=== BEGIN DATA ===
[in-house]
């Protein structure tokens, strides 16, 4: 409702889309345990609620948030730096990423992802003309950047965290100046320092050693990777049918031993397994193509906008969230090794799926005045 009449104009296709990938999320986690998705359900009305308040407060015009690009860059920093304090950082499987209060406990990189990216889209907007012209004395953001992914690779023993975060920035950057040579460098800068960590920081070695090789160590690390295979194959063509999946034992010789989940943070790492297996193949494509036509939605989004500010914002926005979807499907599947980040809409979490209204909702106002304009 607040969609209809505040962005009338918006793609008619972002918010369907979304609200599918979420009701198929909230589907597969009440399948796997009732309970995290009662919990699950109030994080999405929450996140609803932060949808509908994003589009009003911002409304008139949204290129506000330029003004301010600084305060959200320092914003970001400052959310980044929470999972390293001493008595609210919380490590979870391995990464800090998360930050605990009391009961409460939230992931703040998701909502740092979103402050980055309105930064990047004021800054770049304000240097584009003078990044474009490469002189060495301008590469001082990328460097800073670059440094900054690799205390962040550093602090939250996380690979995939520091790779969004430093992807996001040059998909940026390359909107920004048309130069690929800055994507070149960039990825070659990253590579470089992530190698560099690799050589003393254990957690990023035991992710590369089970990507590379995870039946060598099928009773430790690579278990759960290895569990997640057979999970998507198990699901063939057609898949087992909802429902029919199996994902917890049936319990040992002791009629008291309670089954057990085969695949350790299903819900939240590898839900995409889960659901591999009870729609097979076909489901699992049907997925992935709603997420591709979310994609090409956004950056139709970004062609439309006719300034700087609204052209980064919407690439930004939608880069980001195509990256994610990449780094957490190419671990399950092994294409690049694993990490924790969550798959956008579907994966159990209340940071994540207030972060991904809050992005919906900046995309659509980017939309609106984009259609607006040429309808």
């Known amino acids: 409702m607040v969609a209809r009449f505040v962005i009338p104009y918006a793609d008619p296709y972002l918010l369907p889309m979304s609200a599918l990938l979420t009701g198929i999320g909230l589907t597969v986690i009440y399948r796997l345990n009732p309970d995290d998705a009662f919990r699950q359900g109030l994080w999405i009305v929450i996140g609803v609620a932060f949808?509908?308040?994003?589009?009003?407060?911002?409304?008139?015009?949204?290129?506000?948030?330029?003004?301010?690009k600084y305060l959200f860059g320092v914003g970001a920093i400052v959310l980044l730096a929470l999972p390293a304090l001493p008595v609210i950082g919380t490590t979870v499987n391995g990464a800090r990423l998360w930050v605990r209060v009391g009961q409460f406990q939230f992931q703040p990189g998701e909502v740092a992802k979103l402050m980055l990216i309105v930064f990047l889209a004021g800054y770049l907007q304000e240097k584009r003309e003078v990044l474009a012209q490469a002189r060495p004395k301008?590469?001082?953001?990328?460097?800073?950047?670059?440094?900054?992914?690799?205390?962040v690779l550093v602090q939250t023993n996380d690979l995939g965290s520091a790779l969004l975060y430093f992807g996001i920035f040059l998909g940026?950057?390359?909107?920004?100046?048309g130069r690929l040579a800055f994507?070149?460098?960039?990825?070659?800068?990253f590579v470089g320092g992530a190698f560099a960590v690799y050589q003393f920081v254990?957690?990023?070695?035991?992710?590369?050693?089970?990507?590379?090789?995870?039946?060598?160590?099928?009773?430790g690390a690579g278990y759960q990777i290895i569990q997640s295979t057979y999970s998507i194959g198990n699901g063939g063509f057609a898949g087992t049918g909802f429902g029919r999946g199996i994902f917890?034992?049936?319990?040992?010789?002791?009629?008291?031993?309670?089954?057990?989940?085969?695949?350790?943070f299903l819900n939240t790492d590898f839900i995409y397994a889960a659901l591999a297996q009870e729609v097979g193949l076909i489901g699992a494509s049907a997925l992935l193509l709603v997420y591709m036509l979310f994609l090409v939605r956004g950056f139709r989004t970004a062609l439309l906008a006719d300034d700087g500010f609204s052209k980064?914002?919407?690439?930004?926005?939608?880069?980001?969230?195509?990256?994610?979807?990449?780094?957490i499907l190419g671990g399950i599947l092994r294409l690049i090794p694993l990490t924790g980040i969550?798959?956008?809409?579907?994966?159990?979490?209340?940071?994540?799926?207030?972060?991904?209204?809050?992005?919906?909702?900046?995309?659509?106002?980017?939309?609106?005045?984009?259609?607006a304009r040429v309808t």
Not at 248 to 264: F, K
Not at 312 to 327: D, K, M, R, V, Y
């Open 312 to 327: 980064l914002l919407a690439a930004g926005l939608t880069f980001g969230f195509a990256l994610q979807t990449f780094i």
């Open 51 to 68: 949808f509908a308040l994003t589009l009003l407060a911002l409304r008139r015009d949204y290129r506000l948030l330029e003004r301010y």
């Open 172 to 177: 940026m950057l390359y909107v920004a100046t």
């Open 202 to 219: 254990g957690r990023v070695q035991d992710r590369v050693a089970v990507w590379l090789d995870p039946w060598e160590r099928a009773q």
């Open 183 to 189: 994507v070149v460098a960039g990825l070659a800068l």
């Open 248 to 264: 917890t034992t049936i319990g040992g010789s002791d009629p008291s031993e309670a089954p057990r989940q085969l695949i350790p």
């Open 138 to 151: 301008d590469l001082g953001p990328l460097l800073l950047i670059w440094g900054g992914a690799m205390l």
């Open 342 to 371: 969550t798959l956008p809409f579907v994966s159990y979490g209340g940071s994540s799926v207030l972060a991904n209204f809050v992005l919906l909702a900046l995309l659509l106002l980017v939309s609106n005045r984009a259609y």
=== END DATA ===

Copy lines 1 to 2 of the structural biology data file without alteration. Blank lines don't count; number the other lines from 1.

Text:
[in-house]
């Protein structure tokens, strides 16, 4: 409702889309345990609620948030730096990423992802003309950047965290100046320092050693990777049918031993397994193509906008969230090794799926005045 009449104009296709990938999320986690998705359900009305308040407060015009690009860059920093304090950082499987209060406990990189990216889209907007012209004395953001992914690779023993975060920035950057040579460098800068960590920081070695090789160590690390295979194959063509999946034992010789989940943070790492297996193949494509036509939605989004500010914002926005979807499907599947980040809409979490209204909702106002304009 607040969609209809505040962005009338918006793609008619972002918010369907979304609200599918979420009701198929909230589907597969009440399948796997009732309970995290009662919990699950109030994080999405929450996140609803932060949808509908994003589009009003911002409304008139949204290129506000330029003004301010600084305060959200320092914003970001400052959310980044929470999972390293001493008595609210919380490590979870391995990464800090998360930050605990009391009961409460939230992931703040998701909502740092979103402050980055309105930064990047004021800054770049304000240097584009003078990044474009490469002189060495301008590469001082990328460097800073670059440094900054690799205390962040550093602090939250996380690979995939520091790779969004430093992807996001040059998909940026390359909107920004048309130069690929800055994507070149960039990825070659990253590579470089992530190698560099690799050589003393254990957690990023035991992710590369089970990507590379995870039946060598099928009773430790690579278990759960290895569990997640057979999970998507198990699901063939057609898949087992909802429902029919199996994902917890049936319990040992002791009629008291309670089954057990085969695949350790299903819900939240590898839900995409889960659901591999009870729609097979076909489901699992049907997925992935709603997420591709979310994609090409956004950056139709970004062609439309006719300034700087609204052209980064919407690439930004939608880069980001195509990256994610990449780094957490190419671990399950092994294409690049694993990490924790969550798959956008579907994966159990209340940071994540207030972060991904809050992005919906900046995309659509980017939309609106984009259609607006040429309808």